On a recent visit with research participants for my book on spousal caregiving, I sat with a man who had a stroke three years ago, at age 59. He can only use one side of his body, rendering him unable to work; his wife serves as his caregiver. He told me about how much he hated himself. “All I do is take resources. I don’t contribute anything.” Tears streamed down his cheeks.
What my research participant made clear to me that day is that the lack of robust and accessible social programs for long-term care is merely a symptom of a deeper, more poisonous problem: Disability is a part of life, and we hate it. Literally.
Here’s what we don’t talk about when we talk about the care crisis. When it comes to disability, we devalue care (both caregiving and paid care work) because we devalue the people who need it. It’s why we position care as a response to a horrible disaster. It’s why we refuse to adequately fund home care and fairly pay care workers. It’s why we rely on the 53 million (and climbing) unpaid family caregivers across the U.S. to provide care for free. It’s why disabled people internalize the idea that they are worthless “takers.” We tell people we don’t care about them when we refuse to provide the means for them and those who care for them to live well.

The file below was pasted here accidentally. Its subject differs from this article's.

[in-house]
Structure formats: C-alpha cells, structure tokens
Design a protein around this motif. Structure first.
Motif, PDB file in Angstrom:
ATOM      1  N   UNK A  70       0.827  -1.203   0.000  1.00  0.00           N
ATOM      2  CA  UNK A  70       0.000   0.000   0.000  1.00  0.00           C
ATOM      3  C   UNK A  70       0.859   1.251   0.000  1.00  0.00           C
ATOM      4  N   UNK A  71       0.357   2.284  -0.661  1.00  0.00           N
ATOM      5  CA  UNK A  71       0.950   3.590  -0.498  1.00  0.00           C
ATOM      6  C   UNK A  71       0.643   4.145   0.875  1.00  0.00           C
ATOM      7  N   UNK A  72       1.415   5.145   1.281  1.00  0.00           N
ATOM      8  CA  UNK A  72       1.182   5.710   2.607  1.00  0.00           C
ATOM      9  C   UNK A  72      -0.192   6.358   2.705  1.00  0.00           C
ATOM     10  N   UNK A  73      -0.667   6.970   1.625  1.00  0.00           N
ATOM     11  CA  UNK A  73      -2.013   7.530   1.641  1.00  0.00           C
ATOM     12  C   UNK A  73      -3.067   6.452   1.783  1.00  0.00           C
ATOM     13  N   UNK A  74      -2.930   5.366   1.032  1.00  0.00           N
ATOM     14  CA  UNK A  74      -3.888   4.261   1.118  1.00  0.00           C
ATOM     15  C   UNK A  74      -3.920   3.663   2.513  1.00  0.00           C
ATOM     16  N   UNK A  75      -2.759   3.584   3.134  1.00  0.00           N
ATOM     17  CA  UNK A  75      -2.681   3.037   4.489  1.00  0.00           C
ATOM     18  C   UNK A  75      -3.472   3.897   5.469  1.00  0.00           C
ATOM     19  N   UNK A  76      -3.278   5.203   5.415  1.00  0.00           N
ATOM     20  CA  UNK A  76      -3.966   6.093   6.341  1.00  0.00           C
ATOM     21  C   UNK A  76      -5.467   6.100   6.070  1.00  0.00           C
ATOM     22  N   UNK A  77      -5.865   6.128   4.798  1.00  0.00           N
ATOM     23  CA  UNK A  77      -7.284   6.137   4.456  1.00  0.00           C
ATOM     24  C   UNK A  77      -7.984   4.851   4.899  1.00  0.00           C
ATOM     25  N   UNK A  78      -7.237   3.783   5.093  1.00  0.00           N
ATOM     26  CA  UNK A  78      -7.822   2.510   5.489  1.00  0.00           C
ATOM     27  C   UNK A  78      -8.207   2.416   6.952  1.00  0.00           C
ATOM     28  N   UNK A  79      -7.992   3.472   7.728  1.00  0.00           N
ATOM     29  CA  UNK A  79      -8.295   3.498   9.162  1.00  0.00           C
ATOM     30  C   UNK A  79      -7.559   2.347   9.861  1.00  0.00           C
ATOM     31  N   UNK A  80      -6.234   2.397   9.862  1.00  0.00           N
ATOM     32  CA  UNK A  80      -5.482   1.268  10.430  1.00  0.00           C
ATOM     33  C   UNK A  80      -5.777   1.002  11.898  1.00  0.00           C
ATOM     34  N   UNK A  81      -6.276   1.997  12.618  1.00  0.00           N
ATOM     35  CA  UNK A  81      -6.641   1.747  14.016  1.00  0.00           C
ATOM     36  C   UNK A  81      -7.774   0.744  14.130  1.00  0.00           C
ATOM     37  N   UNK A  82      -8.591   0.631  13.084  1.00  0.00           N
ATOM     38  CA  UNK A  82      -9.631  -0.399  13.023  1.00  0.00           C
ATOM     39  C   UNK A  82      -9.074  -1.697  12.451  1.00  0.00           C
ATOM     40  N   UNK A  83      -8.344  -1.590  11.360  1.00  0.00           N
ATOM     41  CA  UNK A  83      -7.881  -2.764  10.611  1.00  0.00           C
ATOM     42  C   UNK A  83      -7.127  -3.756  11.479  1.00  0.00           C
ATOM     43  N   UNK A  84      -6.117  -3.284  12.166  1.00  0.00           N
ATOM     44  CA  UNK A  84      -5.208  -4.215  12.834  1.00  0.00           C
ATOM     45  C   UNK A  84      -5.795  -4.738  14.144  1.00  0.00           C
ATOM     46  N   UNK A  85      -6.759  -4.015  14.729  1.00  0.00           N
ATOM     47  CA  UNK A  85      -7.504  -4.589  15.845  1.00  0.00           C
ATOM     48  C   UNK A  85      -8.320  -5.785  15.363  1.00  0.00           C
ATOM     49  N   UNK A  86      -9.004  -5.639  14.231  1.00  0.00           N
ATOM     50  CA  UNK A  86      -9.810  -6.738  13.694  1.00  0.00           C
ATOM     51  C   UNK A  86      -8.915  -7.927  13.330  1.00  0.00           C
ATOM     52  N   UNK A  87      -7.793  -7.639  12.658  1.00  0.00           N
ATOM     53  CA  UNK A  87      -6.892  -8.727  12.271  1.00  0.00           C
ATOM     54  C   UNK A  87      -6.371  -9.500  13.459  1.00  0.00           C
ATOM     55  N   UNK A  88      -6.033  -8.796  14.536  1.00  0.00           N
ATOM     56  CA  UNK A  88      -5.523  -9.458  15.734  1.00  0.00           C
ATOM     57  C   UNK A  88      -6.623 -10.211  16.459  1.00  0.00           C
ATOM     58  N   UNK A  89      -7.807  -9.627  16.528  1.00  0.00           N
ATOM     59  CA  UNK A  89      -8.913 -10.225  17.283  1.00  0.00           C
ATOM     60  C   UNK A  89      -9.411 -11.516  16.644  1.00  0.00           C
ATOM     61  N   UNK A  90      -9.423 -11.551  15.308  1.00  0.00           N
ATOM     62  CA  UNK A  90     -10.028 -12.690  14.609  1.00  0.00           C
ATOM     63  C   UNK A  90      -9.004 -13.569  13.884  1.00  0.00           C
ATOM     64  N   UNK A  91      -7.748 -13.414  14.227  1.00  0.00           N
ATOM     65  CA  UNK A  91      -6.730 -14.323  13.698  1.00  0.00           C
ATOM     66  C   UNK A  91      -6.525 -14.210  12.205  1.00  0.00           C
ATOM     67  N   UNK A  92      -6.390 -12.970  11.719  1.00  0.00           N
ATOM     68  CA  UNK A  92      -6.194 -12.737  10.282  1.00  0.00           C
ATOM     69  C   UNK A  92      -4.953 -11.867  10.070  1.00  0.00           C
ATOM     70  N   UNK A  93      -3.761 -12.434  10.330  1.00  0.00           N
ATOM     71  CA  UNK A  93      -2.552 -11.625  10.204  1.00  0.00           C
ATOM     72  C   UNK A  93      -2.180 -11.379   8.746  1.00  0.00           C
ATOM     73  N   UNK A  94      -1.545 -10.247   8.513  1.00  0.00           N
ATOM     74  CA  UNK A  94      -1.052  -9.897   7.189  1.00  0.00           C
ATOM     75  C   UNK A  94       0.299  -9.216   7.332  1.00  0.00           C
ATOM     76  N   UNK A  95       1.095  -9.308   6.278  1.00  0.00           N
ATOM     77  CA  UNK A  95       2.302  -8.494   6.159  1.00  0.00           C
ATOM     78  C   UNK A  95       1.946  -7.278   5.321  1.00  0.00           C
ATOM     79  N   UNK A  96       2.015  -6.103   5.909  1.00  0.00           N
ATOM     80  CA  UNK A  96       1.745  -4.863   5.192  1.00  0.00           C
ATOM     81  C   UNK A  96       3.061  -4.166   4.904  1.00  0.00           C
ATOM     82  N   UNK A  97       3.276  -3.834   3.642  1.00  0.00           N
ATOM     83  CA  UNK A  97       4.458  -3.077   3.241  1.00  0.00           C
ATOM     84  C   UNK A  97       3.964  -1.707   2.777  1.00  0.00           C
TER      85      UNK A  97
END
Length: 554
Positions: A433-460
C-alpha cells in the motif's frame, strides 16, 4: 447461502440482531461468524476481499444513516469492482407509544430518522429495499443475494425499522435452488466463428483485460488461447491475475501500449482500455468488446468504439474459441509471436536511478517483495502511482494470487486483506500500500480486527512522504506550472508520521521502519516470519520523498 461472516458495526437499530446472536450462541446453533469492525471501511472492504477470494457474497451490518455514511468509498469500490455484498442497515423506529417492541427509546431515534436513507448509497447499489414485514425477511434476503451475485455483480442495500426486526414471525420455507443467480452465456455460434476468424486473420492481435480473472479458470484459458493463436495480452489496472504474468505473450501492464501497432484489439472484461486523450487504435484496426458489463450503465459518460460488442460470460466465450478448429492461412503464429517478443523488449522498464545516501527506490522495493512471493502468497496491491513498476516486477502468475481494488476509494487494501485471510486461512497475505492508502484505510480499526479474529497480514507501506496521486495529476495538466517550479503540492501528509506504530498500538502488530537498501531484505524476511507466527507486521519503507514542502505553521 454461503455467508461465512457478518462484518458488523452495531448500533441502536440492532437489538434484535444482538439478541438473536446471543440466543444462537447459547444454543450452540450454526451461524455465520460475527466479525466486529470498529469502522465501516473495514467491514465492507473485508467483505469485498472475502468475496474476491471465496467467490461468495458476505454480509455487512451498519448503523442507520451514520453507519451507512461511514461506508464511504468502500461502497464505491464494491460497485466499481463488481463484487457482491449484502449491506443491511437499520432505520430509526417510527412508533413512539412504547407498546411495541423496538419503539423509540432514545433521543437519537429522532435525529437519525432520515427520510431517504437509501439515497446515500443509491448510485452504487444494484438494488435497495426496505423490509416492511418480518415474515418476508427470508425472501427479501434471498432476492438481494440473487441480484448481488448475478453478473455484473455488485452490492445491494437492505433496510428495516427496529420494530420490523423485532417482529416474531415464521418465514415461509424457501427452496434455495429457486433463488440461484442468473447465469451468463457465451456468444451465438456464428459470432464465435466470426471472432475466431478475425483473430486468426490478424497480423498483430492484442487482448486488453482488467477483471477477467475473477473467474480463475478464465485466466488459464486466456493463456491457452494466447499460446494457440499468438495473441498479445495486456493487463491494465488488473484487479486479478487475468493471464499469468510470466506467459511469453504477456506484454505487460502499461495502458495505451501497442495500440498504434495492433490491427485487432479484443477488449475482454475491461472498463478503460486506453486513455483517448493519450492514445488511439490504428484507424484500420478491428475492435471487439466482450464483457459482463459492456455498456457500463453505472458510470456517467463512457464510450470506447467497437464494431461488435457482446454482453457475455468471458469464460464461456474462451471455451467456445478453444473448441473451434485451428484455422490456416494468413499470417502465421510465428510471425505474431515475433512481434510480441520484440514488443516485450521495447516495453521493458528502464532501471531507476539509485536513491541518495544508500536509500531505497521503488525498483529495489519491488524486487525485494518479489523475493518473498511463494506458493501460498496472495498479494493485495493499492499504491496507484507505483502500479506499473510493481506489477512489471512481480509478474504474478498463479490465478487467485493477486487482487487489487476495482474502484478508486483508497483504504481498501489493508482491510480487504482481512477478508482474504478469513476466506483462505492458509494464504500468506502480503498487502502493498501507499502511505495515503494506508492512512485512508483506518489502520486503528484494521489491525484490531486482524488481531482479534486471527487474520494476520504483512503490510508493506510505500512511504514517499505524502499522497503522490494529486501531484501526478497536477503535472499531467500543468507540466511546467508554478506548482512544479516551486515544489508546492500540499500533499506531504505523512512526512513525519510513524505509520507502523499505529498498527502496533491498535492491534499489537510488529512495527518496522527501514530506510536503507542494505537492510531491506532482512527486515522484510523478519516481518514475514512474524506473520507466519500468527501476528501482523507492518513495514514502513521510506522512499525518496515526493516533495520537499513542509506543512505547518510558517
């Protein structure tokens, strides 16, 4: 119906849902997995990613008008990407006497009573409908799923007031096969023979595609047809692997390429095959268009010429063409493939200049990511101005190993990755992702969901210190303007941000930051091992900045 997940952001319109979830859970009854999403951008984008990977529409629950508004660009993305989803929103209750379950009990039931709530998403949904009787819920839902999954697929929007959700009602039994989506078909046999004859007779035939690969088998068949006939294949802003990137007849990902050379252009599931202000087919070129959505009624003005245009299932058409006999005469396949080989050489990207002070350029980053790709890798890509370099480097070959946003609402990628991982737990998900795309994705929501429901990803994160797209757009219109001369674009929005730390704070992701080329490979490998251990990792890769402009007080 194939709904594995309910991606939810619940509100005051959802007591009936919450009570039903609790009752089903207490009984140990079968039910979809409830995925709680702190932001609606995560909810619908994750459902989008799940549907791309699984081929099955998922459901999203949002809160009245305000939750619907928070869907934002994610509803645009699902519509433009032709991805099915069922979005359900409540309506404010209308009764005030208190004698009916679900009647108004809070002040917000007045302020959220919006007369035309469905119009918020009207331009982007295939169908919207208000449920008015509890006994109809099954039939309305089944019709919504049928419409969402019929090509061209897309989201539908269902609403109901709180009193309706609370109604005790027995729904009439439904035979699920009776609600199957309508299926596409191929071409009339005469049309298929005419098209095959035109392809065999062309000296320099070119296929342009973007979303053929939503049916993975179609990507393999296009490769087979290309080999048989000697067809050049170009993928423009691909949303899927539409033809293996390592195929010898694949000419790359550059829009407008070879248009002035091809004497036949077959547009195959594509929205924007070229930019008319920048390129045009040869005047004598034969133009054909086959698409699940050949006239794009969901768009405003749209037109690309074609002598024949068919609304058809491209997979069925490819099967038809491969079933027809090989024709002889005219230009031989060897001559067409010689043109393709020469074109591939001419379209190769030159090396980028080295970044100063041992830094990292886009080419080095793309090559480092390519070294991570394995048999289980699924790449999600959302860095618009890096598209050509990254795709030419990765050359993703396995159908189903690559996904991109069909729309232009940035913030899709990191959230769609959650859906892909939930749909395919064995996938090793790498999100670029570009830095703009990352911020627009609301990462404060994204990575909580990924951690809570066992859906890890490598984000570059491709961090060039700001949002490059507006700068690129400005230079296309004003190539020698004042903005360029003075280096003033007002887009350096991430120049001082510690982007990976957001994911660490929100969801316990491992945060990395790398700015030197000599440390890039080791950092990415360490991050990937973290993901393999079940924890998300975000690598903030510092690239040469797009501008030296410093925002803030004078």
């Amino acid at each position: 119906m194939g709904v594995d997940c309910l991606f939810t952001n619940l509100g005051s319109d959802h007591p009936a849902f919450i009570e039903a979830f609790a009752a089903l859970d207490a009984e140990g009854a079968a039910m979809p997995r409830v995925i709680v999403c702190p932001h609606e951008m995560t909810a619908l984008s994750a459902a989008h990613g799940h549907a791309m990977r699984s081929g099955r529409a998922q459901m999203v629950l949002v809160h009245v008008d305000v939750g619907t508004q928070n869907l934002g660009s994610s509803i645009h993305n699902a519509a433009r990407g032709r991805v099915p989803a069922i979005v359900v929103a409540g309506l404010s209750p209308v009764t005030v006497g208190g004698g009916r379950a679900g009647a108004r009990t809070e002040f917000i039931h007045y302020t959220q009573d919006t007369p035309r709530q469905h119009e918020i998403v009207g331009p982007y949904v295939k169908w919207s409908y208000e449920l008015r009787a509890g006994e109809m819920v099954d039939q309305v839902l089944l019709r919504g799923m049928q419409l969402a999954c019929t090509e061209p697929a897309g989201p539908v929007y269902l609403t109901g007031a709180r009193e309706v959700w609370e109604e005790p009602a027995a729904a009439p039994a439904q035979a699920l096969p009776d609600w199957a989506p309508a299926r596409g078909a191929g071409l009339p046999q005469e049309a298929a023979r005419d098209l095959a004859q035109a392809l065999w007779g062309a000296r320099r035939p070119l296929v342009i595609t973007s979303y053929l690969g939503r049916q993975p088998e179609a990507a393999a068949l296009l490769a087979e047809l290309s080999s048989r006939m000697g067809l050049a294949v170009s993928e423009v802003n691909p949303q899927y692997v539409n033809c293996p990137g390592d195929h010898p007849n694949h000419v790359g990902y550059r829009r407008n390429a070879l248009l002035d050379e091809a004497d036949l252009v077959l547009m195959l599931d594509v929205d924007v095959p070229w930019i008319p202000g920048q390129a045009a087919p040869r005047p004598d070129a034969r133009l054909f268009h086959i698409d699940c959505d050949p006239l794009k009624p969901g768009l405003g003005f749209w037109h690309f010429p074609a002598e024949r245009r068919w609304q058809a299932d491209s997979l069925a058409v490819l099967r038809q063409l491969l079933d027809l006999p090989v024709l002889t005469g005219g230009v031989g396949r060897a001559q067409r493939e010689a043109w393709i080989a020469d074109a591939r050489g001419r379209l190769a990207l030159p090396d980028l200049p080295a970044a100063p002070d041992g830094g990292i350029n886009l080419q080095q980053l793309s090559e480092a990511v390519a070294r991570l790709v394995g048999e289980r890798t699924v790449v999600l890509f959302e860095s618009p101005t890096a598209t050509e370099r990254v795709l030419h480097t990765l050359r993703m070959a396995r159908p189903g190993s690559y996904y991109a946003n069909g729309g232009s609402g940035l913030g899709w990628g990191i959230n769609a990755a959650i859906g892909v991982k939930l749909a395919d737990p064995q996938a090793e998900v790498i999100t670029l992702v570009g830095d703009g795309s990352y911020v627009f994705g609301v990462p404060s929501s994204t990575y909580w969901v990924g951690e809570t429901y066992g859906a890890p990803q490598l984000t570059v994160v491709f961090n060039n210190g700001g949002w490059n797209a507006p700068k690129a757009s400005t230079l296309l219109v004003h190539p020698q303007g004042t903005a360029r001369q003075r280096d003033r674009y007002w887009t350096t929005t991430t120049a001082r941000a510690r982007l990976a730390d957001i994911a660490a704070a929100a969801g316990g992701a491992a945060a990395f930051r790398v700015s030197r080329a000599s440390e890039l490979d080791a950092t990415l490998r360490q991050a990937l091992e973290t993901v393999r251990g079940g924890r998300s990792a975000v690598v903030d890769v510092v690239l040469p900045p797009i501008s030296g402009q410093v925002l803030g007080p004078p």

"Suffering from compassion fatigue does not mean you’re bad at helping or caring, it only means the scale between caring for others and caring for...